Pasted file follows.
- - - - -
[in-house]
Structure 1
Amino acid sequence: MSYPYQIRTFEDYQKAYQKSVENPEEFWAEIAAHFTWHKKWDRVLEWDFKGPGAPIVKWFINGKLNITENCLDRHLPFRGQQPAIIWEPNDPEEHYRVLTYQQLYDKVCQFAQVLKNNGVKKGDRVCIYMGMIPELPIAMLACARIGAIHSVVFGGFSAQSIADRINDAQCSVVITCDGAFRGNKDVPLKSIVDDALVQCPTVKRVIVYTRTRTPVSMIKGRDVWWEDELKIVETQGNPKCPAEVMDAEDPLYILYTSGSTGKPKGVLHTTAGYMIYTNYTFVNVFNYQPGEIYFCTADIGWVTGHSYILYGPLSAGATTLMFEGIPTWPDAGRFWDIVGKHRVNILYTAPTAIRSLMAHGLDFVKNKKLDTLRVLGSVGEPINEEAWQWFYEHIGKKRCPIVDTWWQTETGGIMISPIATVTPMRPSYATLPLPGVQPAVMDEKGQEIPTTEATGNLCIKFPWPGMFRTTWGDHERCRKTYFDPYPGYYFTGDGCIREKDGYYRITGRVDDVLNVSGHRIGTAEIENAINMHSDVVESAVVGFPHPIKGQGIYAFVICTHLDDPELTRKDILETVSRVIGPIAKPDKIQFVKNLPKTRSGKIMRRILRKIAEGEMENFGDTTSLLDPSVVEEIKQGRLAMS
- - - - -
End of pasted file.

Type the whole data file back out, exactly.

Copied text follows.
[in-house]
Structure 1
Amino acid sequence: MSYPYQIRTFEDYQKAYQKSVENPEEFWAEIAAHFTWHKKWDRVLEWDFKGPGAPIVKWFINGKLNITENCLDRHLPFRGQQPAIIWEPNDPEEHYRVLTYQQLYDKVCQFAQVLKNNGVKKGDRVCIYMGMIPELPIAMLACARIGAIHSVVFGGFSAQSIADRINDAQCSVVITCDGAFRGNKDVPLKSIVDDALVQCPTVKRVIVYTRTRTPVSMIKGRDVWWEDELKIVETQGNPKCPAEVMDAEDPLYILYTSGSTGKPKGVLHTTAGYMIYTNYTFVNVFNYQPGEIYFCTADIGWVTGHSYILYGPLSAGATTLMFEGIPTWPDAGRFWDIVGKHRVNILYTAPTAIRSLMAHGLDFVKNKKLDTLRVLGSVGEPINEEAWQWFYEHIGKKRCPIVDTWWQTETGGIMISPIATVTPMRPSYATLPLPGVQPAVMDEKGQEIPTTEATGNLCIKFPWPGMFRTTWGDHERCRKTYFDPYPGYYFTGDGCIREKDGYYRITGRVDDVLNVSGHRIGTAEIENAINMHSDVVESAVVGFPHPIKGQGIYAFVICTHLDDPELTRKDILETVSRVIGPIAKPDKIQFVKNLPKTRSGKIMRRILRKIAEGEMENFGDTTSLLDPSVVEEIKQGRLAMS